It is globally estimated that 1 out of 10 people who have suffered from COVID-19 presents symptoms that persist for more than 12 weeks, according to the findings from the REACT-2 study from Imperial College of London. This is precisely why the term “Long COVID” is used to define those signs –so far more than 200 different signs have been identified– that persist after acute coronavirus condition.
How should these patients be assessed? Which is the most suitable treatment approach? To answer to these questions, scientists from the Department of Physiotherapy of the University of Malaga have developed an assessment proposal comprised of different types of questionnaires, functional tests and exercise tests, aimed at both clinicians and researchers.
The objective of this guide, which has been published in the scientific journal Medical Hypotheses, is to be included as part of the assessment of a Long COVID patient in order to make decisions and guide his/her treatment individually.
“After reviewing much of the existing literature, we can assert that tiredness, fatigue, post-exertional malaise and, to a lesser extent, respiratory symptoms are the predominant signs in these patients," says researcher Cristina Roldán Jiménez, co-author of this paper, together with professor Antonio Cuesta Vargas, coordinator of the Group of Clinimetrics in Physiotherapy, both members of IBIMA-Plataforma BIONAND.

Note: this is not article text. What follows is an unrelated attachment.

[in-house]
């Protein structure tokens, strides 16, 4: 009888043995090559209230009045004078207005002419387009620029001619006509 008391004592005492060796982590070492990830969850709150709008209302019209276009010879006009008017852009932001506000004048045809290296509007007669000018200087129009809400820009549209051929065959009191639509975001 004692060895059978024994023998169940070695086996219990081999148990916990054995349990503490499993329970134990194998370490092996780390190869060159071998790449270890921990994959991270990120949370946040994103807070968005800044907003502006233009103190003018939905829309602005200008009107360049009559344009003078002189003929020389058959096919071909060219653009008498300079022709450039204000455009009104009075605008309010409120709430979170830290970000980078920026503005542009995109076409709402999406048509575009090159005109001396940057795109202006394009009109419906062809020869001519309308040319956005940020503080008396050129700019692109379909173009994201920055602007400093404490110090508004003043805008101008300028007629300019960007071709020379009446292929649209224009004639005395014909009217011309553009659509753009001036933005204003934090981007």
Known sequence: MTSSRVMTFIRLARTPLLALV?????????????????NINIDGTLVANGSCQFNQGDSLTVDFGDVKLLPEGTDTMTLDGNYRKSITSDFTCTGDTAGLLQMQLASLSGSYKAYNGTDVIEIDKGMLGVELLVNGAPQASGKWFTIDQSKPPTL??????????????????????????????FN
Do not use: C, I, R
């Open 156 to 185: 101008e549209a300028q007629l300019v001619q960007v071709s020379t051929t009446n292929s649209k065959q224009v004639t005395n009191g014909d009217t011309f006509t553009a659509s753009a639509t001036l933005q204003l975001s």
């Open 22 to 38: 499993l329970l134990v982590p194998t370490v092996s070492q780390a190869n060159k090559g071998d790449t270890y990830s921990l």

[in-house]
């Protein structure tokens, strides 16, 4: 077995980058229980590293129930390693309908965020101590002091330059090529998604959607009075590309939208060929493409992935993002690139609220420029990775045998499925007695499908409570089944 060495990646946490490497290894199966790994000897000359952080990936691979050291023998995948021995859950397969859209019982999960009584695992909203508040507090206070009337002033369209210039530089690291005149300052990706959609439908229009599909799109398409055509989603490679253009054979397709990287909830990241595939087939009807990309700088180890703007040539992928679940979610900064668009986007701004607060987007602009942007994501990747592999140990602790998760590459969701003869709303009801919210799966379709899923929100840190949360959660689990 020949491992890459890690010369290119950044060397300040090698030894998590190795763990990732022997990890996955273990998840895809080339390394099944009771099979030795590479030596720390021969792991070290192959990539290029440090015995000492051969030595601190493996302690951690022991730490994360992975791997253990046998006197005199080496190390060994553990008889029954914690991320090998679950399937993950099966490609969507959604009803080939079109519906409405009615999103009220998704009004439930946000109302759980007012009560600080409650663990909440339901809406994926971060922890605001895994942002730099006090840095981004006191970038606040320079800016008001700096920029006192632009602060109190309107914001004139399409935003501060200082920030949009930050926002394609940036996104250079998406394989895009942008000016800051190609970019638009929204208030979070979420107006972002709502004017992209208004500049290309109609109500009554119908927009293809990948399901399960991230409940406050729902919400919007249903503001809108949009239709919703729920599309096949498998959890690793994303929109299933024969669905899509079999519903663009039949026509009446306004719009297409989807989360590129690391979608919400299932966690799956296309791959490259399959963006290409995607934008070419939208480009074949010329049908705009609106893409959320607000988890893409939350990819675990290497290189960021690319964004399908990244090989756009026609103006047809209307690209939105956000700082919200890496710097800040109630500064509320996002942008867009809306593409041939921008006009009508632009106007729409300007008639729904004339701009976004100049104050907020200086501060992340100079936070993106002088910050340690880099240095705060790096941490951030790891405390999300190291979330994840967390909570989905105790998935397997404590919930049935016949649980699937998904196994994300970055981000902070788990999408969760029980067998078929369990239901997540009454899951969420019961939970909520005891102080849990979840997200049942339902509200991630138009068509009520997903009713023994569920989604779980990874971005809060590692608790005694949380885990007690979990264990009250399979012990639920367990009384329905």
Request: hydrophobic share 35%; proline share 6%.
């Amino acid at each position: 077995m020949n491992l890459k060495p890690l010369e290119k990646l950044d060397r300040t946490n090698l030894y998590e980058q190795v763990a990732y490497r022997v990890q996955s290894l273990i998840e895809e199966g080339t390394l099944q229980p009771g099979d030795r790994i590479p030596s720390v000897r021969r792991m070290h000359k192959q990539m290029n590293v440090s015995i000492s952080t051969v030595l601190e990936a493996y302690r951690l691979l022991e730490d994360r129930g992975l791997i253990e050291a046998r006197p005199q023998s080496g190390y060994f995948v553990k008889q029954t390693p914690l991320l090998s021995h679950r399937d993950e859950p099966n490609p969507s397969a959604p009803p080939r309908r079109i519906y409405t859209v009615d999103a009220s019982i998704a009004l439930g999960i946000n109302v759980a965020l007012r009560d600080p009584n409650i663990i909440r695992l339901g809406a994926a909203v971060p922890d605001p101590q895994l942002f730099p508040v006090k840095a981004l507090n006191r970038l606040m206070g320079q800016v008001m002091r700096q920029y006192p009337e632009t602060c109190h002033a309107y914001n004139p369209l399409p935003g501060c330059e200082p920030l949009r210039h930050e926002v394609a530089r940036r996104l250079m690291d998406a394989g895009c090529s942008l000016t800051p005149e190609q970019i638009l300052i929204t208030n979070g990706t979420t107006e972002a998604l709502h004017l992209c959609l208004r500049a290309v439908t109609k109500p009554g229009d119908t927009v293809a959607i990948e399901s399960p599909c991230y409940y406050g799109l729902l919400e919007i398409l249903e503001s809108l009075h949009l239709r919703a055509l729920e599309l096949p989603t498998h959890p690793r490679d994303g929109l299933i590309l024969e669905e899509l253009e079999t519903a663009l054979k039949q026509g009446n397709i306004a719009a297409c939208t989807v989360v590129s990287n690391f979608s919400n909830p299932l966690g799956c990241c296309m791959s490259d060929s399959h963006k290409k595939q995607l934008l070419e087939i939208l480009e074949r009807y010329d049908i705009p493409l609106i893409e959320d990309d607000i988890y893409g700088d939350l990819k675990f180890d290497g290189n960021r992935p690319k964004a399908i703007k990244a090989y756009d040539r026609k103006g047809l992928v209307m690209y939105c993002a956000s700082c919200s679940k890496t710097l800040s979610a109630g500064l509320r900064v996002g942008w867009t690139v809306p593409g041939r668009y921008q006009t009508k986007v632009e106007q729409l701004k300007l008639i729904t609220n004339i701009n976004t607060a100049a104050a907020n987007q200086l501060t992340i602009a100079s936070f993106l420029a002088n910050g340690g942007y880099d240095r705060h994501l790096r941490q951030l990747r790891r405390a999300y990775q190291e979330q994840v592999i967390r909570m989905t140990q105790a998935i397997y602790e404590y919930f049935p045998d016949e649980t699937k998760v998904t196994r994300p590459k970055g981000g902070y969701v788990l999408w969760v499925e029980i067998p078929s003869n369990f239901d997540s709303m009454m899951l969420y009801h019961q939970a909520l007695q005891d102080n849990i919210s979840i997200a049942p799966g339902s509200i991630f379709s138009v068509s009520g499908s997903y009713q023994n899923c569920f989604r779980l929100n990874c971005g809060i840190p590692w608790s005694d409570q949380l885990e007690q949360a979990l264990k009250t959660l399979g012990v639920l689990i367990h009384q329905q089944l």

The expert explains that post-exertional malaise is characterized by symptoms that worsen with exertion and, moreover, is not relieved by rest, so she demands to consider this possible lack of exercise tolerance in Long COVID patients.
“Physical exercise might not be a secure and effective strategy for these patients," says the researcher, who warns of the existing controversy in this respect around the most appropriate therapeutic approach.
This is why the treatment and management approach for Long COVID patients proposed by these researchers of the UMA is based on the etiology of the symptoms that each one of them presents individually.
The study is currently pending the technical approval of the PEIBA (Andalusian Biomedical Research Ethics Portal) so that, in conjunction with Internal Medicine, it can be validated in a sample of real patients.